Parents' Guide to

The Terror

By Martin Brown, Common Sense Media Reviewer

age 14+

Explorers confront fear of the unknown in scary mystery.

TV AMC Drama 2018
The Terror Poster Image

A Lot or a Little?

What you will—and won't—find in this TV show.

Community Reviews

age 16+

Based on 5 parent reviews

age 18+

Fantastic series but please don’t show to kids

Fantastic writing, dialog, and sets. Fully recommend for adults with a strong stomach for very graphic scenes. I can handle gore to a good degree but this one had me turning away 50% of the time during tough scenes. All that being said, it is one of the best things I have watched in many years.

This title has:

Too much violence
age 13+

Is It Any Good?

Our review:
Parents say (5 ):
Kids say (4 ):

This exciting, tense mystery series is reminiscent of two media landmarks: Alien and Lost. Like Alien (which shares a producer with this series in Ridley Scott), The Terror transports us to a strange and unfamiliar place: a mass of ice in the Arctic ocean in 1845, where there's nothing but vast expanse in all directions, including down into the gloomy depths of the water. The cinematography and art direction are stunning enough on their own, but the story also manages to find plenty of surprises in the supposedly barren landscape, as the crews of the HMS Terror and HMS Erebes explore the ice and what's underneath.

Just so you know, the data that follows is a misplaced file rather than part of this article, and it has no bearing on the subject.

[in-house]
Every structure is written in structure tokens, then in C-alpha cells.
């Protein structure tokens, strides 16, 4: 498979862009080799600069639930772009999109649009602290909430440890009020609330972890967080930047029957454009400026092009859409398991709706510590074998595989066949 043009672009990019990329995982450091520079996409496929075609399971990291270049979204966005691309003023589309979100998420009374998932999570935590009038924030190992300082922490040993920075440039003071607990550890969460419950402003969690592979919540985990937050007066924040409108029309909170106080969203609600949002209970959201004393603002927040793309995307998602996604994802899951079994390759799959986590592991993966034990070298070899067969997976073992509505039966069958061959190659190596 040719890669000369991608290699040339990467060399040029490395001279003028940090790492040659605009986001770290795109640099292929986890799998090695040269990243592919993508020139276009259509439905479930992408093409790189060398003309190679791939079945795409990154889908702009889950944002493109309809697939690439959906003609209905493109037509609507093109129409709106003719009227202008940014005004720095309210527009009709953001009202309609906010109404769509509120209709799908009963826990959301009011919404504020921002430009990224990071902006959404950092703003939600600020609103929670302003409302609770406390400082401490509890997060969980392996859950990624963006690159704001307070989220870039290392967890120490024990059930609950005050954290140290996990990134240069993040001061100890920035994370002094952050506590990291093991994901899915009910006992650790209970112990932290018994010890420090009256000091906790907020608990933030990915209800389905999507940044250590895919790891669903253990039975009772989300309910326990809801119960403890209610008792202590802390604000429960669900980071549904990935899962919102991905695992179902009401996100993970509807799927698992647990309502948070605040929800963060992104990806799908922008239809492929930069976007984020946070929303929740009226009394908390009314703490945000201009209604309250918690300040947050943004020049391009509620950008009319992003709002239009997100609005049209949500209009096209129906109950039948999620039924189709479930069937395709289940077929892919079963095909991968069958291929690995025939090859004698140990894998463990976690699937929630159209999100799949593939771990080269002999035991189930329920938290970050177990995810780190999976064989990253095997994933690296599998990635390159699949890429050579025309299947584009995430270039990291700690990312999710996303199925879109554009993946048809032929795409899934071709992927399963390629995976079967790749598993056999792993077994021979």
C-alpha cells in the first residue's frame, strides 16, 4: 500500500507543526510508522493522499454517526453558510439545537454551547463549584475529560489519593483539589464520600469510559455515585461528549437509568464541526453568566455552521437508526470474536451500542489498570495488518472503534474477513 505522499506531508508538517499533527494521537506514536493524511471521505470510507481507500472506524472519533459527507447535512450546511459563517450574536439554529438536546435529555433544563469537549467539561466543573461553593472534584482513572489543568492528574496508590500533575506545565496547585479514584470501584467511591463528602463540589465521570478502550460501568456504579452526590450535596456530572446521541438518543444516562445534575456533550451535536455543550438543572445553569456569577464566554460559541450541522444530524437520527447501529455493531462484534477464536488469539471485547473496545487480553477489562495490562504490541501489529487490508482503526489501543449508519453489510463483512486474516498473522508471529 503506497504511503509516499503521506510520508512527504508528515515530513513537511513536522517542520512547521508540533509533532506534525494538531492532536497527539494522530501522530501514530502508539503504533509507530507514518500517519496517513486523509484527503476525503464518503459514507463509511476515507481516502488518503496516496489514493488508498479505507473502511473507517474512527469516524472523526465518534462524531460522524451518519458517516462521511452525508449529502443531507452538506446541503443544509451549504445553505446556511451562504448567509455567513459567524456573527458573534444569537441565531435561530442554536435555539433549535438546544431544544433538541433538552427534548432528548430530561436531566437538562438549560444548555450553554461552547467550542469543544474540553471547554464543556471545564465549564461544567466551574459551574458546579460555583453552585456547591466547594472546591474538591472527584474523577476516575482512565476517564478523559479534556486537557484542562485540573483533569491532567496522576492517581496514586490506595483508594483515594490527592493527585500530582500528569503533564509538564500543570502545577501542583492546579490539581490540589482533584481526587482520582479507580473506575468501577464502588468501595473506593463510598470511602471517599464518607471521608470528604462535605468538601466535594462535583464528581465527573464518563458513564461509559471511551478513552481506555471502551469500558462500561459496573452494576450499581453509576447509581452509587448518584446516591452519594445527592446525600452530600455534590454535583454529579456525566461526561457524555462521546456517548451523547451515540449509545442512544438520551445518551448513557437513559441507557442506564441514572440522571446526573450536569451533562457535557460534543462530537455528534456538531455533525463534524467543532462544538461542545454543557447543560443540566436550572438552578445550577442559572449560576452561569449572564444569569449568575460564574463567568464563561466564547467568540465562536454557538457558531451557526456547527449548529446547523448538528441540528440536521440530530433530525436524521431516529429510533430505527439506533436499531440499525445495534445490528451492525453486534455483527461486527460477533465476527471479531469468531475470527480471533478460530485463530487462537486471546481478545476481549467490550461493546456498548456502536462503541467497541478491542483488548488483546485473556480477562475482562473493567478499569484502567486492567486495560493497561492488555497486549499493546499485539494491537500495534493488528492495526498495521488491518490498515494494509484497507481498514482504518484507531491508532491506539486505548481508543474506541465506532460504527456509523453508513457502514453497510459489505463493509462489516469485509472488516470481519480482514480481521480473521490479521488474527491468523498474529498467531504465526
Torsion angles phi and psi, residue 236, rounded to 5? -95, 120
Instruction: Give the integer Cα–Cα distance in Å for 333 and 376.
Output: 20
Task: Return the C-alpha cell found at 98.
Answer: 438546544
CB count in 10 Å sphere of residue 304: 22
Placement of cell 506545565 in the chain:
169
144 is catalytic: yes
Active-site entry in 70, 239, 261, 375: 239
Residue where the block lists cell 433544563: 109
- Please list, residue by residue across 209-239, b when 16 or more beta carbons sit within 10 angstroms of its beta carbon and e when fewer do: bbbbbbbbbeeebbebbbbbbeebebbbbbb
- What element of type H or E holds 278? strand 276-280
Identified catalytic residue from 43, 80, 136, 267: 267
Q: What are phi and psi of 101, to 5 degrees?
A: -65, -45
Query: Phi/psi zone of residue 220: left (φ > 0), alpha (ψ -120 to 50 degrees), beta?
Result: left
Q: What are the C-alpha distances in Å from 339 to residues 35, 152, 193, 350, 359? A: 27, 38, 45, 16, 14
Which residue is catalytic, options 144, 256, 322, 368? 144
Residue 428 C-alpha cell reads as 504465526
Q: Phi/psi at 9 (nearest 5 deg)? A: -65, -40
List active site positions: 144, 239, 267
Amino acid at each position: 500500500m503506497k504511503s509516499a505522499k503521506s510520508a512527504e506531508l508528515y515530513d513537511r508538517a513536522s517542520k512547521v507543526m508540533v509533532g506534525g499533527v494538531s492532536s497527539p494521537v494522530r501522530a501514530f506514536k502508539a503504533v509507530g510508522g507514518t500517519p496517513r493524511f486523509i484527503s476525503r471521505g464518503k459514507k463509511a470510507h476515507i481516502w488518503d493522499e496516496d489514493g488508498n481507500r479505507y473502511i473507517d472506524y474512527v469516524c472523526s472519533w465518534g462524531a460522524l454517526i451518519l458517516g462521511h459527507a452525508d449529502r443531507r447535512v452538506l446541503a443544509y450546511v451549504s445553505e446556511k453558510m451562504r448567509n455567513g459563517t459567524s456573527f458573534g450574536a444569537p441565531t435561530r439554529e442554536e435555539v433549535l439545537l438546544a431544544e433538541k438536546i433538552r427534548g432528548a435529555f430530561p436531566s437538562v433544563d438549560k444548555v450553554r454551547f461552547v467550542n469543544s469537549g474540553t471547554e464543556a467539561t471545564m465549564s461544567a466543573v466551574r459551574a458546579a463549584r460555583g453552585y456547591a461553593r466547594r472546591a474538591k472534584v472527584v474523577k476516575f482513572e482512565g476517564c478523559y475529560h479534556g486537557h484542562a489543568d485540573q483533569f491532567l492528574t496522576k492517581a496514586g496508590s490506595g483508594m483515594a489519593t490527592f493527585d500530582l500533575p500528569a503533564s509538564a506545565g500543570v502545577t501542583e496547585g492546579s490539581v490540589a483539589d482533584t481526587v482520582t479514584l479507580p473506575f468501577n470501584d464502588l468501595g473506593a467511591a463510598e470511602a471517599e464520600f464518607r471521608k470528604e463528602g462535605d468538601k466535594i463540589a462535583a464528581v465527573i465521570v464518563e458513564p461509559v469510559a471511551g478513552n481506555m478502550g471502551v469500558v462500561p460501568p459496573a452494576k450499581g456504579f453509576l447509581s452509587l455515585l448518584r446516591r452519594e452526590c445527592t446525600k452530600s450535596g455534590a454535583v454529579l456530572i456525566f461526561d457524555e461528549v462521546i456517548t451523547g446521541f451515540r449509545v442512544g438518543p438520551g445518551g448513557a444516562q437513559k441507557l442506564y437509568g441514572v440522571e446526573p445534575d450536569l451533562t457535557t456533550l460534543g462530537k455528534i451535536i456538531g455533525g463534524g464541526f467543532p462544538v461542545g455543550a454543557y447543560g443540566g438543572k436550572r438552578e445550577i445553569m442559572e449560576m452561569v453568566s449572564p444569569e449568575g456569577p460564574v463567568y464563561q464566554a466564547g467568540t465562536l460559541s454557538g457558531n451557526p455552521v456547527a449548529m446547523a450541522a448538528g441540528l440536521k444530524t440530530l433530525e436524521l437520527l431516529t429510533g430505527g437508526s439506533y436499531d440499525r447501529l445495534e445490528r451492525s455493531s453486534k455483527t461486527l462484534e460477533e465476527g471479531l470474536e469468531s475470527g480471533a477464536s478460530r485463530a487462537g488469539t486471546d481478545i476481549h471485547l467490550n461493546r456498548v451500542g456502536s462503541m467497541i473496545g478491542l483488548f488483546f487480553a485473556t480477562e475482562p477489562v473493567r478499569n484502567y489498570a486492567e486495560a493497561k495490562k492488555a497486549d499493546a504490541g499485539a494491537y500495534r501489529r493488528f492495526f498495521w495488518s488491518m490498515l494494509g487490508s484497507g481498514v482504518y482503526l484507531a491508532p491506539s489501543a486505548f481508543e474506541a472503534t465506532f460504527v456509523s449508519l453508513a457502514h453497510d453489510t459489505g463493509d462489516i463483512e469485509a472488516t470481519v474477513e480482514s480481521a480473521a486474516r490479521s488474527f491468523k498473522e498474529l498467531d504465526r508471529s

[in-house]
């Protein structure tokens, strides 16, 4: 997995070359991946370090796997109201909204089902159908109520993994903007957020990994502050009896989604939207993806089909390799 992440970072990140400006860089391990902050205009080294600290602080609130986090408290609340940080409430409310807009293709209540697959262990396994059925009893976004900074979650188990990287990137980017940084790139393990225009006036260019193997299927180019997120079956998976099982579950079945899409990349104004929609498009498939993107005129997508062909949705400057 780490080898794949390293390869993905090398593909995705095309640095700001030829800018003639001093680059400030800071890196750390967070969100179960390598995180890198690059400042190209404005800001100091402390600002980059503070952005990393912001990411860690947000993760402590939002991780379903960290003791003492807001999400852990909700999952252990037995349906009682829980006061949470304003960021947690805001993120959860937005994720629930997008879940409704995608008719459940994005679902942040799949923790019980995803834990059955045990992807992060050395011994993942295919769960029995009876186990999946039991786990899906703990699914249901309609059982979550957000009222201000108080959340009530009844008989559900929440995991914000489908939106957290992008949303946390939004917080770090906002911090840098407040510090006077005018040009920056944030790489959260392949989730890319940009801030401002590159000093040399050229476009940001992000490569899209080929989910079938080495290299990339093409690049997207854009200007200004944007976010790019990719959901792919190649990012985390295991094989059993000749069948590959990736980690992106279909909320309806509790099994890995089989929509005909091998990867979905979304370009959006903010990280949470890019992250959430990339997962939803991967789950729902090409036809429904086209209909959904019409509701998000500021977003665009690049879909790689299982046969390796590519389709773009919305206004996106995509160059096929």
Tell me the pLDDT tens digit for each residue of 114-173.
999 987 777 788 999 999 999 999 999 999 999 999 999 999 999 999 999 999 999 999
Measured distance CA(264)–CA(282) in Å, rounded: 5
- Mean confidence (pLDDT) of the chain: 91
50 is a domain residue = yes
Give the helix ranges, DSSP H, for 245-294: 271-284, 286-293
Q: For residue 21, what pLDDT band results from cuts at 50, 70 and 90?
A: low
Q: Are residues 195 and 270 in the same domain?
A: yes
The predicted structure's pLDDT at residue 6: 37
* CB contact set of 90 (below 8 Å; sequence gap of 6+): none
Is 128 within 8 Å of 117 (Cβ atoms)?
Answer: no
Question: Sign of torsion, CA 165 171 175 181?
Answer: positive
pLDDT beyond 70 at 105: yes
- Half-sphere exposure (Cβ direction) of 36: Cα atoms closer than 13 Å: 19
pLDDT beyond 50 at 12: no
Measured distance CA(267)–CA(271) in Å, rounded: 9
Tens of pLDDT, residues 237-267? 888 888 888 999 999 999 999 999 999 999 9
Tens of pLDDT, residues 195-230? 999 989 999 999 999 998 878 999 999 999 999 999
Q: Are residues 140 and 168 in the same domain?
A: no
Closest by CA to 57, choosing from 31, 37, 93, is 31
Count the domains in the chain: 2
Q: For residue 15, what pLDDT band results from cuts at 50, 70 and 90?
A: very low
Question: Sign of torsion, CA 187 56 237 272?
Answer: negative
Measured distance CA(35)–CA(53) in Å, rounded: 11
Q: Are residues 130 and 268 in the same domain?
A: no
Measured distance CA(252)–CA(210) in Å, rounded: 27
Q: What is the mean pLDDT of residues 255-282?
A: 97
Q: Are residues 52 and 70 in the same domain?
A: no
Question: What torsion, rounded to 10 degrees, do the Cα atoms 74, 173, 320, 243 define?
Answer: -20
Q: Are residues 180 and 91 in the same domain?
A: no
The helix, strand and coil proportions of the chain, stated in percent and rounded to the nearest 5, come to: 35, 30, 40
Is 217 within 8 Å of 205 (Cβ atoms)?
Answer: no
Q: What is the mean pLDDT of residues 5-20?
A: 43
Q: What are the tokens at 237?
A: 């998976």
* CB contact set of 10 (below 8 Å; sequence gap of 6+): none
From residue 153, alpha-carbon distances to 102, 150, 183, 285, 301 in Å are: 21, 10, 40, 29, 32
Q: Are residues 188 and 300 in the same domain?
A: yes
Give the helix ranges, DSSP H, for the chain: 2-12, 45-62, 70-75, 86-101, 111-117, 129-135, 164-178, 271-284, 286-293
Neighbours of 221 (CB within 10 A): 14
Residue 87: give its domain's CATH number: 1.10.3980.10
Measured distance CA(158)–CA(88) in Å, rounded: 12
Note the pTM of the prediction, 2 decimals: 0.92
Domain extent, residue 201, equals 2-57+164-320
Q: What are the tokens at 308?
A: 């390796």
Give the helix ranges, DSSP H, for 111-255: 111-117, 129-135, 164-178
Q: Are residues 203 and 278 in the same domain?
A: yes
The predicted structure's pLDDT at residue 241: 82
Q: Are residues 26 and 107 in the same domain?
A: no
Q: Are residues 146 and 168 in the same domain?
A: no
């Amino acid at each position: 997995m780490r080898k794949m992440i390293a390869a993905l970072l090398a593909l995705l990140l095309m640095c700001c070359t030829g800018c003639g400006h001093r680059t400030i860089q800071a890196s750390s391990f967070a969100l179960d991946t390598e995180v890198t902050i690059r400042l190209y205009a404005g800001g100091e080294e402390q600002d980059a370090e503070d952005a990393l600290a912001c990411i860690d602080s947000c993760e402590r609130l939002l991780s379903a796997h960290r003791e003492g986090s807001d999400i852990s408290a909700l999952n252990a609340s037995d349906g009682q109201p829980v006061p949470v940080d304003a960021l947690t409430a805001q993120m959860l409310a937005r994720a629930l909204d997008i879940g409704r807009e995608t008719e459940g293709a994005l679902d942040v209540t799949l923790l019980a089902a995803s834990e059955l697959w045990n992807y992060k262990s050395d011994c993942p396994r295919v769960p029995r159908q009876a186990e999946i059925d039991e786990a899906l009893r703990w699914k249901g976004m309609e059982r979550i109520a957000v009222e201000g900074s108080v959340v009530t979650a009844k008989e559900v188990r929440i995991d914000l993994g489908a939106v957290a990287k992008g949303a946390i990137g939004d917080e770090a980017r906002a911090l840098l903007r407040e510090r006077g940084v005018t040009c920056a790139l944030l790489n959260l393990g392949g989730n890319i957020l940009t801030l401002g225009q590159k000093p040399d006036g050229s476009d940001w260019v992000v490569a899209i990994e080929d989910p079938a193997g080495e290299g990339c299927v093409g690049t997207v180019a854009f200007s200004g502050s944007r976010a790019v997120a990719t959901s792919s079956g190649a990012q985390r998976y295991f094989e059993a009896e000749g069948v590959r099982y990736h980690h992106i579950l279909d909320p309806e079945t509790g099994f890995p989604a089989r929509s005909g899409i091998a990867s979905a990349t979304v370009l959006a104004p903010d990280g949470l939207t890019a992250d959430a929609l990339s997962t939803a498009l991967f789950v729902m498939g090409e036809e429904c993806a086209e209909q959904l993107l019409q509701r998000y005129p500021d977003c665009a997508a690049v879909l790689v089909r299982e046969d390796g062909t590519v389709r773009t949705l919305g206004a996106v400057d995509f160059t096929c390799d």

As in Lost, when the characters explore, they continually discover that something about this place is not quite right. When a crew member starts vomiting blood, it's not simply because he has scurvy; the ship's surgeon can't figure out what's happening. Men have visions of spirits imploring them to run away. Others disappear inexplicably. And, of course, as the members of the expedition try to survive, they must also figure how to work together, despite plenty of suspicion, grudges, and personal agendas between them. Both Alien and Lost sparked hundreds of imitators, but The Terror gets right precisely what those two did, without copying them explicitly. It immerses us in a completely unfamiliar yet fully realized world, rife with immense and unknowable danger, and it pits its characters in a duel to the death against forces of nature they can't even fathom.

TV Details

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